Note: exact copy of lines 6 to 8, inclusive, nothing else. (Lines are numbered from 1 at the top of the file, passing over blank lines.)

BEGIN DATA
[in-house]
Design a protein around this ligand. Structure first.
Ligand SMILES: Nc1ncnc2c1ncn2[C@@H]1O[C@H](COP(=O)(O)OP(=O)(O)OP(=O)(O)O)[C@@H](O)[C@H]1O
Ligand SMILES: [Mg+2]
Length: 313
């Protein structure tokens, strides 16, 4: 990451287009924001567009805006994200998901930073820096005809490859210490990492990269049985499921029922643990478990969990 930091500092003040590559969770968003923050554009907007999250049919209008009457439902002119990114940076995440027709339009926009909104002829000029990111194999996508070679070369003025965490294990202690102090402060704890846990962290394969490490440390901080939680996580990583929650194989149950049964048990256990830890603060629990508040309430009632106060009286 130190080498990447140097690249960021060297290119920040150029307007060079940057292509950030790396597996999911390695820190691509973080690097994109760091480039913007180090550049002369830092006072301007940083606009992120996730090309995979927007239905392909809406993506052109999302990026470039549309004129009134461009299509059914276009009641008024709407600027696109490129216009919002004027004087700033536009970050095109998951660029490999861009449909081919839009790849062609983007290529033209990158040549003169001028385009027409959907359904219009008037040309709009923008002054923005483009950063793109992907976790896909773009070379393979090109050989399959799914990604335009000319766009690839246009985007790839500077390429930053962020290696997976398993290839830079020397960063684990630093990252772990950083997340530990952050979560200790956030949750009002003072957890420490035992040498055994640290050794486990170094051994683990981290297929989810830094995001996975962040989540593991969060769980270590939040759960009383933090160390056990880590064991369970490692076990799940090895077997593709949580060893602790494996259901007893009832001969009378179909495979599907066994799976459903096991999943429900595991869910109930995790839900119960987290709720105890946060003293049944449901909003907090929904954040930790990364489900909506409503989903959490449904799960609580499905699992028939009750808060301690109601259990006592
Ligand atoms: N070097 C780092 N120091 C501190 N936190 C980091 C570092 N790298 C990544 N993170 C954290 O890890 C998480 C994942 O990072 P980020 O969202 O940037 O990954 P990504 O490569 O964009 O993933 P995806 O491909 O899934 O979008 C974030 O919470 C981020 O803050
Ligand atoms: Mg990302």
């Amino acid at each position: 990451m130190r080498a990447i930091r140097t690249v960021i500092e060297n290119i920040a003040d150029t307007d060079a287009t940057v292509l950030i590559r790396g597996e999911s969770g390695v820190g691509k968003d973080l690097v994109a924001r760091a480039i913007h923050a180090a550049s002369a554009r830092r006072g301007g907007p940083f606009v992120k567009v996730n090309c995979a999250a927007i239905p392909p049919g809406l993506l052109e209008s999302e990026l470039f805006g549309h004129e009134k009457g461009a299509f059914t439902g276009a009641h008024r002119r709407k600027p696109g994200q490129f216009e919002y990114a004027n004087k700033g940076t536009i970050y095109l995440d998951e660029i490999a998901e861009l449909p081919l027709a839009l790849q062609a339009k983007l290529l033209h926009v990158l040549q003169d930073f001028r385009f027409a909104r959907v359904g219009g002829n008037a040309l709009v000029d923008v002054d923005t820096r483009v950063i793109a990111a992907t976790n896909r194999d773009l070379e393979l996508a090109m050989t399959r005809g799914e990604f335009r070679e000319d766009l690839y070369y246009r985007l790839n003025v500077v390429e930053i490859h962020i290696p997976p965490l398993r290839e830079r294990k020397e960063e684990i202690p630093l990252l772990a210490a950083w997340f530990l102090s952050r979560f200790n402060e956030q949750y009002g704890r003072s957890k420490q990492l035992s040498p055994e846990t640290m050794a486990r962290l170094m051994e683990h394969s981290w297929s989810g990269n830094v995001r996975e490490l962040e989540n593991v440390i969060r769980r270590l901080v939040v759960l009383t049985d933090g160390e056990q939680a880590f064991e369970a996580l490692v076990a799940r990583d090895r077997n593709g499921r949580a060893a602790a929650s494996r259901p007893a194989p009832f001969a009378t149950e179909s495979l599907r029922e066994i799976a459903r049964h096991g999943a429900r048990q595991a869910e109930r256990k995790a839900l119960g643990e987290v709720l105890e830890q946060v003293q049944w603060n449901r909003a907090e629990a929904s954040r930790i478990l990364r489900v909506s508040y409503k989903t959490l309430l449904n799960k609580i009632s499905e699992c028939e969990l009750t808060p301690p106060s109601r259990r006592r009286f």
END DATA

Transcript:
């Protein structure tokens, strides 16, 4: 990451287009924001567009805006994200998901930073820096005809490859210490990492990269049985499921029922643990478990969990 930091500092003040590559969770968003923050554009907007999250049919209008009457439902002119990114940076995440027709339009926009909104002829000029990111194999996508070679070369003025965490294990202690102090402060704890846990962290394969490490440390901080939680996580990583929650194989149950049964048990256990830890603060629990508040309430009632106060009286 130190080498990447140097690249960021060297290119920040150029307007060079940057292509950030790396597996999911390695820190691509973080690097994109760091480039913007180090550049002369830092006072301007940083606009992120996730090309995979927007239905392909809406993506052109999302990026470039549309004129009134461009299509059914276009009641008024709407600027696109490129216009919002004027004087700033536009970050095109998951660029490999861009449909081919839009790849062609983007290529033209990158040549003169001028385009027409959907359904219009008037040309709009923008002054923005483009950063793109992907976790896909773009070379393979090109050989399959799914990604335009000319766009690839246009985007790839500077390429930053962020290696997976398993290839830079020397960063684990630093990252772990950083997340530990952050979560200790956030949750009002003072957890420490035992040498055994640290050794486990170094051994683990981290297929989810830094995001996975962040989540593991969060769980270590939040759960009383933090160390056990880590064991369970490692076990799940090895077997593709949580060893602790494996259901007893009832001969009378179909495979599907066994799976459903096991999943429900595991869910109930995790839900119960987290709720105890946060003293049944449901909003907090929904954040930790990364489900909506409503989903959490449904799960609580499905699992028939009750808060301690109601259990006592
Ligand atoms: N070097 C780092 N120091 C501190 N936190 C980091 C570092 N790298 C990544 N993170 C954290 O890890 C998480 C994942 O990072 P980020 O969202 O940037 O990954 P990504 O490569 O964009 O993933 P995806 O491909 O899934 O979008 C974030 O919470 C981020 O803050
Ligand atoms: Mg990302």